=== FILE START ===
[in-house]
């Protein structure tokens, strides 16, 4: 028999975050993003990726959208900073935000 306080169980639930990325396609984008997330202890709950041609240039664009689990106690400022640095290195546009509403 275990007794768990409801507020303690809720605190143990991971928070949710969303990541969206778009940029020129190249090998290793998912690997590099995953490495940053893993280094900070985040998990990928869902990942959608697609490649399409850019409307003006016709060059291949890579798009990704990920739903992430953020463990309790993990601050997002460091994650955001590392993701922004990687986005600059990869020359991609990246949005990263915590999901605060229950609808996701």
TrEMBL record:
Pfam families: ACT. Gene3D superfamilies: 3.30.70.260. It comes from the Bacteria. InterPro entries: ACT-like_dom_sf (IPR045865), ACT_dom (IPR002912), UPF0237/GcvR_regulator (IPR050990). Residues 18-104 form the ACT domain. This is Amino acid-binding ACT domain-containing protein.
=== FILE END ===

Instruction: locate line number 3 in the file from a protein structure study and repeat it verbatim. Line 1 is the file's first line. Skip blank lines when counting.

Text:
TrEMBL record: